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(News Focus) Dismissal of Kim Jong-un's uncle to trigger big change in regime

All Headlines 20:59 December 03, 2013
Fate of N. Korean leader's uncle

(News Focus) Dismissal of Kim Jong-un's uncle to trigger big change in regime
By Lee Joon-seung

SEOUL, Dec. 3 (Yonhap) -- The likely fall from power of the North Korean leader Kim Jong-un's uncle, Jang Song-thaek, is expected to bring about significant changes in the communist regime and even heighten uncertainty on the Korean Peninsula, observers said Tuesday.

The assessment comes after Seoul's spy agency told lawmakers that two of Jang's closest confidants were publicly executed last month on charges of corruption and acts against the ruling Workers' Party of Korea (WPK).

It said 77-year-old Jang, who held the post of vice chairman of the powerful National Defense Commission along with other senior titles in the party and government, has not been seen in almost a month, a tell-tale sign of his fall from grace.

The National Intelligence Service (NIS) did not confirm Jang's immediate whereabouts, other than to say that the purge may be an ongoing process that could result in the wholesale dismantling of the administration department of the WPK. The department had been Jang's support base in the party.

"If the uncle has been ousted and his close associates executed, they are a sure indication of Jang being defeated in a fierce power struggle," said Yang Moo-jin, a professor at the University of North Korean Studies in Seoul.

He speculated that with Jang out of the picture as a patron of the leader, the country may experience a period of big and small power struggles that can undermine the stability of the regime.

This view was echoed by Kim Yong-hyun, a professor of North Korean studies at Dongguk University, who speculated that Jang's dismissal can be a harbinger of rapid changes in the isolationist country.

"With Jang gone, the overall stability of the North's regime will decrease," the scholar claimed.

Others said that there is a good chance of some backtracking on reform measures or, at the very least, a slow-down of reformist policies undertaken by Kim Jong-un since he took power in late 2011.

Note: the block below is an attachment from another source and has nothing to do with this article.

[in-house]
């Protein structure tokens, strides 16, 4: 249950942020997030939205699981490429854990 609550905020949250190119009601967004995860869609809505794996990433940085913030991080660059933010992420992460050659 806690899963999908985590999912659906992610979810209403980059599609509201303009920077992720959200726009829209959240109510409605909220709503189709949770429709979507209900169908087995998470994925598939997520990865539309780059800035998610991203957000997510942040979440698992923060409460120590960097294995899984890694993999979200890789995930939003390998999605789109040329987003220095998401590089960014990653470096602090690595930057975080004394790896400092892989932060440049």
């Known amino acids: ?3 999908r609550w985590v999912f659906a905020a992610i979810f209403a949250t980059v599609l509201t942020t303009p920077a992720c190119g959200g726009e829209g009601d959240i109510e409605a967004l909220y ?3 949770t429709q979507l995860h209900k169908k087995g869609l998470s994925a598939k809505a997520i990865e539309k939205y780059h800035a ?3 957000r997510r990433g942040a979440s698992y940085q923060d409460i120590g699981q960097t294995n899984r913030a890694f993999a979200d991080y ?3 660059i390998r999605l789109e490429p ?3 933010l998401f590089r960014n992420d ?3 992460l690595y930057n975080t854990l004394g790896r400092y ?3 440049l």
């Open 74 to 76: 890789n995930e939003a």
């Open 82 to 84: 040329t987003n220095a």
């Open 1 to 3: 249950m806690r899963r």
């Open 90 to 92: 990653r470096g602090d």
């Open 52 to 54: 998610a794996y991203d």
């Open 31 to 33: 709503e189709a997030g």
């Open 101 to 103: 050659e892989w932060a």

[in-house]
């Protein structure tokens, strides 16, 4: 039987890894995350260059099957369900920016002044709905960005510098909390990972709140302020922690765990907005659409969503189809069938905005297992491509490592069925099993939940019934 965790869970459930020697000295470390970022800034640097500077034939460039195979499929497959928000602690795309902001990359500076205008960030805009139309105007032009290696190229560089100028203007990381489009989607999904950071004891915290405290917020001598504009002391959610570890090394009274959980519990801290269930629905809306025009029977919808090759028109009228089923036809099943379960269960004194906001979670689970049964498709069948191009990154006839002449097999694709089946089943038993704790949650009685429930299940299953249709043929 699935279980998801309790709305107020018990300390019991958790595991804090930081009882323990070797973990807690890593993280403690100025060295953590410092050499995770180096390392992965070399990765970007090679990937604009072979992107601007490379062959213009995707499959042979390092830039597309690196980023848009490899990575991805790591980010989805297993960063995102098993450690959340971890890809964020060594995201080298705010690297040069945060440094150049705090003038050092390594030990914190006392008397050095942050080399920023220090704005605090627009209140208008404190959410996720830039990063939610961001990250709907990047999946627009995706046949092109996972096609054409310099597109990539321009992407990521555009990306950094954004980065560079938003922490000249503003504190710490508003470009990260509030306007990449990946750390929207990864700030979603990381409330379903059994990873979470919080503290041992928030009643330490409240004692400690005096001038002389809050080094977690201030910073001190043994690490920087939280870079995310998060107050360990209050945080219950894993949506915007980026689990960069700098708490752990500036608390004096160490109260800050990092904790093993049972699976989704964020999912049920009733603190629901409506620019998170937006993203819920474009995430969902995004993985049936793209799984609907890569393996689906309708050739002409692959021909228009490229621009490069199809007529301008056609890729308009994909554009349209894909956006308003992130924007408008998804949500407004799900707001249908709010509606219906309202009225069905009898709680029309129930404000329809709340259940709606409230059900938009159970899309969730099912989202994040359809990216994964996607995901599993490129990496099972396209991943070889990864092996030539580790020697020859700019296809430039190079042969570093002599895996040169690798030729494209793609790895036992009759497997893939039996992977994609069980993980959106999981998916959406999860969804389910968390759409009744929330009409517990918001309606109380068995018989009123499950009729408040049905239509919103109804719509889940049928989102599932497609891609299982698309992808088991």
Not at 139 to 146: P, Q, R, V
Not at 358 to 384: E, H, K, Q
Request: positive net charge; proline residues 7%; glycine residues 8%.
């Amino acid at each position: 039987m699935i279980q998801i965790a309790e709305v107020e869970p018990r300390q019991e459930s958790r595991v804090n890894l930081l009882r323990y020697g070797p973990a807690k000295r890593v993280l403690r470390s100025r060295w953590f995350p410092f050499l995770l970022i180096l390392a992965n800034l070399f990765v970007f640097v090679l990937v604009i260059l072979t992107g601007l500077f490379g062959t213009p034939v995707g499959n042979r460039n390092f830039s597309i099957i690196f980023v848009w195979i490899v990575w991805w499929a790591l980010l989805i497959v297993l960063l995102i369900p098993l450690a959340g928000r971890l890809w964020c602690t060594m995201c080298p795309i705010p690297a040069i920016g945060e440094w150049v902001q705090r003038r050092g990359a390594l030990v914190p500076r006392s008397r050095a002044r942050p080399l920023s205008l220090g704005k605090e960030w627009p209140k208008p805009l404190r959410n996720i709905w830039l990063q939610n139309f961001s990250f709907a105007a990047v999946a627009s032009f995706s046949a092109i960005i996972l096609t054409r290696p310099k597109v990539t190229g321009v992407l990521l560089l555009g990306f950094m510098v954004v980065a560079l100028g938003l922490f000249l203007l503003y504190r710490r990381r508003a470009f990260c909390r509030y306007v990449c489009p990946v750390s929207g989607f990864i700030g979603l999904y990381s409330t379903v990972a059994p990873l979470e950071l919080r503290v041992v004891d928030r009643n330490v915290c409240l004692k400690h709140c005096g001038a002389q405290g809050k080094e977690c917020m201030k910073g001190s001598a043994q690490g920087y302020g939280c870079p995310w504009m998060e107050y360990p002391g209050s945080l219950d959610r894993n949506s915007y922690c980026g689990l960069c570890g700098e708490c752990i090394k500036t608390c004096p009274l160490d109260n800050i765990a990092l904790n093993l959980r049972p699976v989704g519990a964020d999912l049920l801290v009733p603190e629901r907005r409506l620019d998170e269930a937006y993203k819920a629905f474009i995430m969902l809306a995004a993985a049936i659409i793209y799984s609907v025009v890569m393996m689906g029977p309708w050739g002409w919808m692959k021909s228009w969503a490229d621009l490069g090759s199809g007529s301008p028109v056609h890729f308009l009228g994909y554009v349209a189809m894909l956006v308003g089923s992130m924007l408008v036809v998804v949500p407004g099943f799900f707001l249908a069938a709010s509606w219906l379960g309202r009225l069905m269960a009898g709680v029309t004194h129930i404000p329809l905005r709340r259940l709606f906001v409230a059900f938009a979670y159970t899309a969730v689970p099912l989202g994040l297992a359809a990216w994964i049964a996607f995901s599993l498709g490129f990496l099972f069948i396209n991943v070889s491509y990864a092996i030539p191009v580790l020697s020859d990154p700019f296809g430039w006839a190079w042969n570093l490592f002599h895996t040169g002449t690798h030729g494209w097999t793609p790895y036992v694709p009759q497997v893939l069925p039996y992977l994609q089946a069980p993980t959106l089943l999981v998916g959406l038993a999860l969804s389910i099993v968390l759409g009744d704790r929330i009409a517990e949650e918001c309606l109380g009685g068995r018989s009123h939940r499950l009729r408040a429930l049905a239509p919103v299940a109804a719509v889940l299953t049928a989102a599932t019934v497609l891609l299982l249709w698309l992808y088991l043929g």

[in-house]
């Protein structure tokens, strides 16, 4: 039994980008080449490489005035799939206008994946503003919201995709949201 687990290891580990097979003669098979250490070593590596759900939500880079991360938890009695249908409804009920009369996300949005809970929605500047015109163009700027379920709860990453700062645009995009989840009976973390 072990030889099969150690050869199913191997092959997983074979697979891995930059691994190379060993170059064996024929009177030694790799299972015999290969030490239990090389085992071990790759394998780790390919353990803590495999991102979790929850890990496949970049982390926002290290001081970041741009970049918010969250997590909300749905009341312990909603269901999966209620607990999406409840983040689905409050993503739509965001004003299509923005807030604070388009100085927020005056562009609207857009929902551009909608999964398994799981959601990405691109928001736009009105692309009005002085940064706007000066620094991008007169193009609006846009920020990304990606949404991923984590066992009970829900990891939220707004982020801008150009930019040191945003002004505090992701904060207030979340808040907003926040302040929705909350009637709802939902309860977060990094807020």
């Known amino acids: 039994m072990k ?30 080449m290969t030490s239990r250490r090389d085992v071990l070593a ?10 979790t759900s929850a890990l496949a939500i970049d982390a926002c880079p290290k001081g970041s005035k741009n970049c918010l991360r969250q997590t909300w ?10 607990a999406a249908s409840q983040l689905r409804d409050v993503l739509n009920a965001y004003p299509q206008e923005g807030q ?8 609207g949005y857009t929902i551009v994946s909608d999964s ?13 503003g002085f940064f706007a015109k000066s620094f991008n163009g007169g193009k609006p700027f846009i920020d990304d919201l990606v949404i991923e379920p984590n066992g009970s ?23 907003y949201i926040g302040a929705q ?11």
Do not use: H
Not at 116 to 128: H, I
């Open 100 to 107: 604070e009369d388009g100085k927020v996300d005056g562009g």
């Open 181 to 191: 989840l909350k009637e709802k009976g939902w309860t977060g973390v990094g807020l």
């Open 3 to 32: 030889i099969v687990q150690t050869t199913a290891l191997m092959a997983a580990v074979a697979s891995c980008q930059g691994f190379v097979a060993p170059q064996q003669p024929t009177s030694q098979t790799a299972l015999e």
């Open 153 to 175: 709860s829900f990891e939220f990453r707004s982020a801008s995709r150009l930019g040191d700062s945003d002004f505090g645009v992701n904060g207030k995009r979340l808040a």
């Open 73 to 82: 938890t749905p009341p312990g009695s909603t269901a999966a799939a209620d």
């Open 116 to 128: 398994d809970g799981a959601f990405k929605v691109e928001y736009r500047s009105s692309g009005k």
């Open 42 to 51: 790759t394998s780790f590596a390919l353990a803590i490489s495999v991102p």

Such developments, North Korea watchers claimed, are not good news for the region, because an unstable North Korea is more likely to take provocative action and fuel tensions with its neighbors to divert attention from its internal issues. Ratcheting up tension can also motivate the people to rally around the leadership.

This would prove true especially if hardliners filled the power vacuum. Jang has usually been viewed as an advocate of economic reform and change in the country.

"Judging by past behavior, the North can up the ante and take aggressive action against South Korea, which will only worsen already chilly cross-border relations," Yang said.

Reflecting such concerns, senior security officials in Seoul said that they are keeping close tabs on the possibility of the military gaining more power.

"If Jang has lost to the military, then there is a risk that inter-Korean tension will mount," a defense ministry source said. He added that efforts are under way to see if other senior military officers have been purged along with Jang. If officers have been kicked out as well, this can give clues as to who won the power struggle.

On the other hand, some said that Jang's likely fall was not totally unexpected, since Kim Jong-un may have used his uncle as a temporary expedient to secure his power base following his father's death.

"He may have been referred to as the No. 2 in the regime, yet his power base did not really seem rock solid as some have suggested," a government official said. He argued that Jang, like any other person in the North, was vulnerable to losing power.

Jang had made far fewer appearances in the company of his nephew this year than in 2012, an indication that he may have been losing his power for some time.

In regards to future developments, Kim Keun-sik, a professor at Kyungnam University, said Jang's exit will not drastically change key policy goals of the North.

"The North's goal of simultaneously pushing forward economic construction and nuclear force building will not be altered," the scholar said. He, however, added that the North could take an even more aggressive stance than before.

He said a way to gauge how the North will act in the future is to observe the role played by Choe Ryong-hae, the director of the military General Political Bureau and top ranking officer in the North Korean armed forces.

If Choe has filled the vacuum from Jang's ouster, it can be said that "new members" of the military have wrestled and subsequently gained control.

Others even speculated that even if Jang was unseated and his confidants executed, this did not necessarily mean that he was "completely out of the political picture."

"He had been purged before, under the incumbent leader's father, yet made a comeback, so he can lie low for the time being to wait for the right opportunity to return," said Chang Yong-seok, senior researcher at the Institute for Peace and Unification Studies at Seoul National University.


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